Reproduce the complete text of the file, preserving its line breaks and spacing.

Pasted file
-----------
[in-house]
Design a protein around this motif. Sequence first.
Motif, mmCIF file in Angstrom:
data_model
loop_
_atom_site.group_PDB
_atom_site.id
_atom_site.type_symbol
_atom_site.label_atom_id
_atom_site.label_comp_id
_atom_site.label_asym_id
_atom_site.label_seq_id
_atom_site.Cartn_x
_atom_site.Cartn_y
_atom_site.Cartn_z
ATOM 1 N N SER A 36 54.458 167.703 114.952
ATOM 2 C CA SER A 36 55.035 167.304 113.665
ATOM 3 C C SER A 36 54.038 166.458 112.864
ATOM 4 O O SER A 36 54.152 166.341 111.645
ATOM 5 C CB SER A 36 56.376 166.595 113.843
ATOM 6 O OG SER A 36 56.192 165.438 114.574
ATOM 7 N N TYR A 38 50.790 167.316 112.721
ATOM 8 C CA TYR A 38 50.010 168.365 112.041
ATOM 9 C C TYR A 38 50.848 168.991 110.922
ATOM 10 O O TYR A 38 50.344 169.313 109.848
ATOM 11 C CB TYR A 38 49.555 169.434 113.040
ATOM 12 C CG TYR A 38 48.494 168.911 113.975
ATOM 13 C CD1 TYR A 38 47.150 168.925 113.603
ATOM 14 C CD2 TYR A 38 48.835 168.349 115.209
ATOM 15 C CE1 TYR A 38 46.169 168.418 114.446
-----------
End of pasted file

[in-house]
Design a protein around this motif. Sequence first.
Motif, mmCIF file in Angstrom:
data_model
loop_
_atom_site.group_PDB
_atom_site.id
_atom_site.type_symbol
_atom_site.label_atom_id
_atom_site.label_comp_id
_atom_site.label_asym_id
_atom_site.label_seq_id
_atom_site.Cartn_x
_atom_site.Cartn_y
_atom_site.Cartn_z
ATOM 1 N N SER A 36 54.458 167.703 114.952
ATOM 2 C CA SER A 36 55.035 167.304 113.665
ATOM 3 C C SER A 36 54.038 166.458 112.864
ATOM 4 O O SER A 36 54.152 166.341 111.645
ATOM 5 C CB SER A 36 56.376 166.595 113.843
ATOM 6 O OG SER A 36 56.192 165.438 114.574
ATOM 7 N N TYR A 38 50.790 167.316 112.721
ATOM 8 C CA TYR A 38 50.010 168.365 112.041
ATOM 9 C C TYR A 38 50.848 168.991 110.922
ATOM 10 O O TYR A 38 50.344 169.313 109.848
ATOM 11 C CB TYR A 38 49.555 169.434 113.040
ATOM 12 C CG TYR A 38 48.494 168.911 113.975
ATOM 13 C CD1 TYR A 38 47.150 168.925 113.603
ATOM 14 C CD2 TYR A 38 48.835 168.349 115.209
ATOM 15 C CE1 TYR A 38 46.169 168.418 114.446